Interconnection Standards

March 11, 2016


Note: The California Public Utilities Commission (CPUC) approved a proposed settlement in September 2012, enacting the first fundamental redesign of Rule 21 since 2000. The complete revised Rule 21 Tariff, as described at a high level below, can be found beginning on page 136 of CPUC Decision 12-09-018. The individual tariffs adopted by the utilities can be found on the CPUC web site above.

California's "Rule 21" generally applies to systems connecting to an investor-owned utility’s distribution grid, non-export generating facilities connecting to an investor-owned utility’s transmission grid and all net metered facilities in an investor-owned utility’s service territory. Systems connecting to an investor-owned utility’s distribution grid for the purpose of participating in a wholesale transaction must apply under the investor-owned utility’s Wholesale Distribution Access Tariff. Systems connecting to the transmission grid must apply to the California Independent System Operator for interconnection. Systems connecting to the grid of a municipal or cooperative utility must follow the interconnection procedures adopted by that utility.

Rule 21 clearly defines a series of screens meant to filter applicants into the study path most suited for their project. It also establishes fixed timelines for the screens intended to speed the process of approval. Also defined in the tariff are a variety of fees and deposits required at various stages of the interconnection process. Net metered facilities are exempt from most of these fees.

Fast Track Eligibility
Non-exporting systems (sized and designed so that the electricity is only used on-site and will never deliver electricity to the grid) and all net metered systems, regardless of nameplate capacity, can qualify for Fast Track. Exporting facilities may also be considered for Fast Track if they meet certain size restrictions or if the owner agrees to certain utility-approved protective devices.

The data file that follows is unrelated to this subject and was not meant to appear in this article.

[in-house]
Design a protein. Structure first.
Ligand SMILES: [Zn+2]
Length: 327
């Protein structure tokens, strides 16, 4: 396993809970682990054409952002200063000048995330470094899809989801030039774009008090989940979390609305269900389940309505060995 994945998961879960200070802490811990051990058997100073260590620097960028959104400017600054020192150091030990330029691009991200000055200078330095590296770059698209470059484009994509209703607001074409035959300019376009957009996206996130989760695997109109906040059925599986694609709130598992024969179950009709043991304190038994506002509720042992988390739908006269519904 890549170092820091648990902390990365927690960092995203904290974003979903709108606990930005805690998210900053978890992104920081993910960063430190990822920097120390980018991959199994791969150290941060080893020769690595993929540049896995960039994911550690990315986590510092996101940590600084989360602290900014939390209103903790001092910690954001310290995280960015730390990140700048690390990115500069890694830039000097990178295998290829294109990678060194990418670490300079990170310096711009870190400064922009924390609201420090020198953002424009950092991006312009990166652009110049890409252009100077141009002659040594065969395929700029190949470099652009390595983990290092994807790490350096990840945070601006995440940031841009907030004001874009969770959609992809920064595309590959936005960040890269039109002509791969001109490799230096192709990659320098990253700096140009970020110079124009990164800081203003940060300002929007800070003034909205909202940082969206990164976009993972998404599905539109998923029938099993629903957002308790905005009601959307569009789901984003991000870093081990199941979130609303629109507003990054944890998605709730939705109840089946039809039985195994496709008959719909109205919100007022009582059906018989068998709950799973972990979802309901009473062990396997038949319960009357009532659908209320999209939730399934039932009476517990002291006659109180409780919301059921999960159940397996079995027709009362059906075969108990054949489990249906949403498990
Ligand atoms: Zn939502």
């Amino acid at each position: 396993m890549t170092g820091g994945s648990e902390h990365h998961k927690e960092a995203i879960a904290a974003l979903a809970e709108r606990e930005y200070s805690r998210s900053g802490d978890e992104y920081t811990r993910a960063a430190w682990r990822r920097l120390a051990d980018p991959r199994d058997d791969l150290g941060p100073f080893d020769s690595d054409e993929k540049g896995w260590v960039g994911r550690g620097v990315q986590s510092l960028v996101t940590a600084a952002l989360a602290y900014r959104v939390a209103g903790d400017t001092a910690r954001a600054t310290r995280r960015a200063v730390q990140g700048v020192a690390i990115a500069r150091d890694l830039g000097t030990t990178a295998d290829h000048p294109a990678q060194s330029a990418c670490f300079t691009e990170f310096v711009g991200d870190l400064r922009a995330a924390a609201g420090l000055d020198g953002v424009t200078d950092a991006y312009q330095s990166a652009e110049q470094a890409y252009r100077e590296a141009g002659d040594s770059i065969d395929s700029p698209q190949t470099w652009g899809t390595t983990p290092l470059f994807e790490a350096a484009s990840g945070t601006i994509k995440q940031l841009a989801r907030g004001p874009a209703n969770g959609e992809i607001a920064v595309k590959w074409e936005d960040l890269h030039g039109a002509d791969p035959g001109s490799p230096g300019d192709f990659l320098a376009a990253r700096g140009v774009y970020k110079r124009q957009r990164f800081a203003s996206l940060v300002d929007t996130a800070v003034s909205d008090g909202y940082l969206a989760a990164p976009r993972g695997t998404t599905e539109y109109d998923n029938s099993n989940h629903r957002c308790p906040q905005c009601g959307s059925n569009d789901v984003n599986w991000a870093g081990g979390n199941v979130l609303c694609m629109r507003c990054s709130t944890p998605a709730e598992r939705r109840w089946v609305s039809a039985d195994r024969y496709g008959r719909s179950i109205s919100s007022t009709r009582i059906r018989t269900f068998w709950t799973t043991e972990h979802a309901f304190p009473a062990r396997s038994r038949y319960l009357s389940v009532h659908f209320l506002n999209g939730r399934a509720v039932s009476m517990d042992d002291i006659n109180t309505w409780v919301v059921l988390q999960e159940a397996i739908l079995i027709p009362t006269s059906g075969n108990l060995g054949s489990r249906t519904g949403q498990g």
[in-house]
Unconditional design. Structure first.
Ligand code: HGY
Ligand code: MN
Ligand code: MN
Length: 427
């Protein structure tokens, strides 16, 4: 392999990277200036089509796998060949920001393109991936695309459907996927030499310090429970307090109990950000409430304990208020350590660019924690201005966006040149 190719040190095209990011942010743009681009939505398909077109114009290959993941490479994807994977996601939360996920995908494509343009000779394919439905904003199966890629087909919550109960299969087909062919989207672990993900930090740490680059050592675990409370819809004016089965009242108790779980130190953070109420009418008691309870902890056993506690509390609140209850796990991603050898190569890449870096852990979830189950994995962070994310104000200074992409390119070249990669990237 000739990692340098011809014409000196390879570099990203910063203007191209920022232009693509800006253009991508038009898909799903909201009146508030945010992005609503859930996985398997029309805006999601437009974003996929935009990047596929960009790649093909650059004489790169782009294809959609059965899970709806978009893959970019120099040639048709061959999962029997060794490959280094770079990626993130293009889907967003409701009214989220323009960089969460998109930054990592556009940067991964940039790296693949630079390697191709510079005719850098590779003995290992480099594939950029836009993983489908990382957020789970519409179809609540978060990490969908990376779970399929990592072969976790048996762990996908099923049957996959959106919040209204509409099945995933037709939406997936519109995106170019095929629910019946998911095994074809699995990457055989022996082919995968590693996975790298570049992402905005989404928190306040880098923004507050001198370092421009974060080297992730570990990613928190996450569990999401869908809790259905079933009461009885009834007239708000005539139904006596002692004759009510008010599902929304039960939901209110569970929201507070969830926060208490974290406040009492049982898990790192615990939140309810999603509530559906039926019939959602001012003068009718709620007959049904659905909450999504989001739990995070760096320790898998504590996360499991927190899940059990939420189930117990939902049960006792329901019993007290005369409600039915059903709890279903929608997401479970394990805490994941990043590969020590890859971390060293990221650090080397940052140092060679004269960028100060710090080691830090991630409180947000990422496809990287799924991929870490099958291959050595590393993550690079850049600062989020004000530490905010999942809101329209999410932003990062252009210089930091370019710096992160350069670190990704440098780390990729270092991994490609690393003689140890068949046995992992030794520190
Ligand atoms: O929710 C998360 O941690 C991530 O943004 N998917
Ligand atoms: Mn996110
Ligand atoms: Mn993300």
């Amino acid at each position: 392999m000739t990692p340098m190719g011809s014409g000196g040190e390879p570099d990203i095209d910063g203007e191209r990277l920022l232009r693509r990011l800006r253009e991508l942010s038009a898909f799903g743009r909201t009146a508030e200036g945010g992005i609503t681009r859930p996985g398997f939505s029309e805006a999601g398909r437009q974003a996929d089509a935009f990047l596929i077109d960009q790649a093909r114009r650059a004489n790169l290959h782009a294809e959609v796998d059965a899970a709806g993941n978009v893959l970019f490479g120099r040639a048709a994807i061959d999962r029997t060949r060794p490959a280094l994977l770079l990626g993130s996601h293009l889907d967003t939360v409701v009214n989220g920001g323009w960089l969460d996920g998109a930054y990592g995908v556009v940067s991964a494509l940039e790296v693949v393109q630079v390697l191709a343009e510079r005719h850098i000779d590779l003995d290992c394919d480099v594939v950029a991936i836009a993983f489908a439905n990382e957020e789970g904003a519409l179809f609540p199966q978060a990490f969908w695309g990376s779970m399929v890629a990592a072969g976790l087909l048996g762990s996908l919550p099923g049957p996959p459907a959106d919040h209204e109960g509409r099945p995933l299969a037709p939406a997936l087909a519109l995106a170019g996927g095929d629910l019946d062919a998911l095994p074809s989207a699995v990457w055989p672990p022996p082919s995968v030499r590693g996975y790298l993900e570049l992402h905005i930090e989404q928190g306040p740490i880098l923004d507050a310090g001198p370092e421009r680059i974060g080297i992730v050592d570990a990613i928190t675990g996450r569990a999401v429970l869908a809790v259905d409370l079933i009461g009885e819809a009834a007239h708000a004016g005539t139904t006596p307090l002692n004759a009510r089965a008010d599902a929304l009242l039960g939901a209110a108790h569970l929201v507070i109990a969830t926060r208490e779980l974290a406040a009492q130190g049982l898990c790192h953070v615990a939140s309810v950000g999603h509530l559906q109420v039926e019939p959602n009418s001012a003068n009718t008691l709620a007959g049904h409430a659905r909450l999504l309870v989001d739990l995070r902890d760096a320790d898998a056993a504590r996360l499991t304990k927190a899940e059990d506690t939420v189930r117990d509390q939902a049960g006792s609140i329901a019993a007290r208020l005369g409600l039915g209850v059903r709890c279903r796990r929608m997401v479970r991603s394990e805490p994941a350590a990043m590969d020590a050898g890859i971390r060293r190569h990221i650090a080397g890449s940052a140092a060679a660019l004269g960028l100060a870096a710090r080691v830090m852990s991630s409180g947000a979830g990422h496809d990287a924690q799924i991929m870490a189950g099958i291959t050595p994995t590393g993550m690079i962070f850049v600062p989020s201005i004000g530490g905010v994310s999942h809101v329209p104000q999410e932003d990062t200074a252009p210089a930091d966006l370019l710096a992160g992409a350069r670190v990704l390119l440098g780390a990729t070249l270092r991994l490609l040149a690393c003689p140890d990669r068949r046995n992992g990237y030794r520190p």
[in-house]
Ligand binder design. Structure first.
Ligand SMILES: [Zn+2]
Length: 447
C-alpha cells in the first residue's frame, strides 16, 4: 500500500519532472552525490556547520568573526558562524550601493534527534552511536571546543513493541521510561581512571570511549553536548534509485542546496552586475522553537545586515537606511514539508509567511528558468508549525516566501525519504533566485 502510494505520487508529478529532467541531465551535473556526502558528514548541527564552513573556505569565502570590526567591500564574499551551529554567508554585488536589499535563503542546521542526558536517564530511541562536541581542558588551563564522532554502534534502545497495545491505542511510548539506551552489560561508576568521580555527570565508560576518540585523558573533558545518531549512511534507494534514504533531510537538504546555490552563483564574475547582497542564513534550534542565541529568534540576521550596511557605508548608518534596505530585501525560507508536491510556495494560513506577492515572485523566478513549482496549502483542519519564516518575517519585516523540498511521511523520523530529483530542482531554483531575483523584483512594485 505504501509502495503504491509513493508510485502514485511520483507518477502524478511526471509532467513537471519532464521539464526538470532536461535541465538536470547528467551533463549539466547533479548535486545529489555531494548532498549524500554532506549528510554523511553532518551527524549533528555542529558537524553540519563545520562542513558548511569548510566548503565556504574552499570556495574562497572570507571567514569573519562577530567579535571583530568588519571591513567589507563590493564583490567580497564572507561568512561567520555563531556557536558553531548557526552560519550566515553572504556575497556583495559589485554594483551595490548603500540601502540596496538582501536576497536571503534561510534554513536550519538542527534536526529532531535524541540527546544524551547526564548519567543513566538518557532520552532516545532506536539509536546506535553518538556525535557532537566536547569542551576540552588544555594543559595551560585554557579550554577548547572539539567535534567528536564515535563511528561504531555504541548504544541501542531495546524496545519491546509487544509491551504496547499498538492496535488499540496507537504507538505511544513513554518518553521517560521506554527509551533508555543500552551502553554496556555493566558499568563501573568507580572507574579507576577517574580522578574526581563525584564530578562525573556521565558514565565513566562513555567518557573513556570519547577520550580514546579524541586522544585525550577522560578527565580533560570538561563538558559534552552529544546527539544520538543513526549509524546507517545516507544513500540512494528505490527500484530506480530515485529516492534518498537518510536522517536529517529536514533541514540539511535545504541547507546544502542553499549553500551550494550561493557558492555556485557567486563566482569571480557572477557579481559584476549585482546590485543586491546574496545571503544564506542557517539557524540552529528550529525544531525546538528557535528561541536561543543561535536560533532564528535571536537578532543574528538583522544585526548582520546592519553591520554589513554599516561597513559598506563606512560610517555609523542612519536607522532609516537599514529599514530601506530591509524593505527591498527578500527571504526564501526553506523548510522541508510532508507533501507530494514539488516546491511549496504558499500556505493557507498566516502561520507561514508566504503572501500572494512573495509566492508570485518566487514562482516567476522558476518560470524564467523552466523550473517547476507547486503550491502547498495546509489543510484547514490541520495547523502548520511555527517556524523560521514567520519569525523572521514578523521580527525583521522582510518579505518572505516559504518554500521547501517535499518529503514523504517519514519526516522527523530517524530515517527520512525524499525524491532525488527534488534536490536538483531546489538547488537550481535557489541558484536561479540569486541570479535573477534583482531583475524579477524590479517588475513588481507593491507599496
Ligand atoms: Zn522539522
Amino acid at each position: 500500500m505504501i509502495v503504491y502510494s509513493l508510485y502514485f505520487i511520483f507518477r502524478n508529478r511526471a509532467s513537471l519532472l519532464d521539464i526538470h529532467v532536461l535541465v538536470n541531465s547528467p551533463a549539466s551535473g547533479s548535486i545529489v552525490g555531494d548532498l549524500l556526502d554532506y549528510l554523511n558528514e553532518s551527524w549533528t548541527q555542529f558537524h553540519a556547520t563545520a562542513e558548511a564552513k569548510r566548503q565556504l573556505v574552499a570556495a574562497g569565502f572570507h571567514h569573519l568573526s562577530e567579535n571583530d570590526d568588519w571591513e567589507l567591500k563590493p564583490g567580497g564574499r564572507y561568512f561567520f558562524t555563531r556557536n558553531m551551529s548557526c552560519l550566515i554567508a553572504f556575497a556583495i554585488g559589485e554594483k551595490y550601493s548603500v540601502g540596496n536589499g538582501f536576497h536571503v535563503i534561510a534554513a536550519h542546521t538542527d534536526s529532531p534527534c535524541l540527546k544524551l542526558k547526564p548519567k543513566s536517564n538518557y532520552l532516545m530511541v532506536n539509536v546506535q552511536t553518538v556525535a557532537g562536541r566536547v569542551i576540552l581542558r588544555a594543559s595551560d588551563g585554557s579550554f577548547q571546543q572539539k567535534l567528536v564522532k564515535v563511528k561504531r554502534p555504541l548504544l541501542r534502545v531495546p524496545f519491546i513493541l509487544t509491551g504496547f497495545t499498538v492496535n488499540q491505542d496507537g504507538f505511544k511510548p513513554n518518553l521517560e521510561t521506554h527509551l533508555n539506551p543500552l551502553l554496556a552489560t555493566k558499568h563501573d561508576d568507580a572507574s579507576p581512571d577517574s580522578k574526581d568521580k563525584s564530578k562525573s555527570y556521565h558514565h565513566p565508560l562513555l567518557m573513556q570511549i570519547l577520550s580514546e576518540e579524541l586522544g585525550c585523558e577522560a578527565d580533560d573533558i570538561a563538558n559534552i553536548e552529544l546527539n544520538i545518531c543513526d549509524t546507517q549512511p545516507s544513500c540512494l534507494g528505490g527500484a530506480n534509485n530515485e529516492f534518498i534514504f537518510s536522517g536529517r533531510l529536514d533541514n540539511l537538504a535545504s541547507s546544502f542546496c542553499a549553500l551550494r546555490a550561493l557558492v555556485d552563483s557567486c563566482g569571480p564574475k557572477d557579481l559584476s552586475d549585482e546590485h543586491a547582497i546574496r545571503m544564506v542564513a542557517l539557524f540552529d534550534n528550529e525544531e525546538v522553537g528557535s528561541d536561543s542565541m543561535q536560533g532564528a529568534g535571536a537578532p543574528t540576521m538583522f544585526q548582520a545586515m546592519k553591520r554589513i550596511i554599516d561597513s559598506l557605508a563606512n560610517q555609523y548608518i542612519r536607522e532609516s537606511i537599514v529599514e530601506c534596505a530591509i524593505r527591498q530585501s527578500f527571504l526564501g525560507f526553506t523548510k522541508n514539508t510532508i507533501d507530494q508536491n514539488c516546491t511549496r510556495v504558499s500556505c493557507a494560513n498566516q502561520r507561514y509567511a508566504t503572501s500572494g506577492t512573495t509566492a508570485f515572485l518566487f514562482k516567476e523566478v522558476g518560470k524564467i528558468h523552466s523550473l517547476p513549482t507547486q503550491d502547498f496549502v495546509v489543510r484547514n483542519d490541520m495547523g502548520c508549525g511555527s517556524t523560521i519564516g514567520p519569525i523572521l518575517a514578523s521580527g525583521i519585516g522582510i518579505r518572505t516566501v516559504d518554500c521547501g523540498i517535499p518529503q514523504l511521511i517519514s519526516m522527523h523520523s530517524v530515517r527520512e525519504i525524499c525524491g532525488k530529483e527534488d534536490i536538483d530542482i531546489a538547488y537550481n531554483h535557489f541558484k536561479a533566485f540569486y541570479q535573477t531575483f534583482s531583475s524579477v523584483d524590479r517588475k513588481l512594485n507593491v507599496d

After a customer applies for interconnection, the utility performs an Initial Review. If the applicant passes through Initial Review, the system will be able to interconnect without a Supplemental Review. If Supplemental Review is required, the applicant will be notified and can elect to have their application withdrawn, or proceed through the next layer of screens.

Detailed Study Eligibility
Systems not eligible for Fast Track may apply for interconnection through a detailed study process. The detailed study options include an Independent Study Process, a Distribution Group Study Process or a Transmission Cluster Study Process. The parameters for each process are provided in Rule 21.

Program Overview

Implementing Sector: State
Category: Regulatory Policy
State: California
Incentive Type: Interconnection
Web Site:
Start Date:
Eligible Renewable/Other Technologies:
  • Geothermal Electric
  • Solar Thermal Electric
  • Solar Photovoltaics
  • Wind (All)
  • Biomass
  • Hydroelectric
  • Municipal Solid Waste
  • Combined Heat & Power
  • Fuel Cells using Non-Renewable Fuels
  • Landfill Gas
  • Wind (Small)
  • Fuel Cells using Renewable Fuels
  • Other Distributed Generation Technologies
  • Microturbines
Applicable Utilities: Investor-owned utilities
System Capacity Limit: No limit specified
Standard Agreement: Yes
Insurance Requirements: Vary by system size and/or type; levels established by CPUC
External Disconnect Switch: Varies by utility and system size
Net Metering Required: No


Name: CPUC decision 12-09-018
Date Enacted: 09/13/2012
Effective Date: 09/13/2012


Name: Marc Monbouquette
Organization: CPUC, Energy Division
Phone: (415) 355-5504

This information is sourced from DSIRE; the most comprehensive source of information on incentives and policies that support renewables and energy efficiency in the United States. Established in 1995, DSIRE is operated by the N.C. Clean Energy Technology Center at N.C. State University.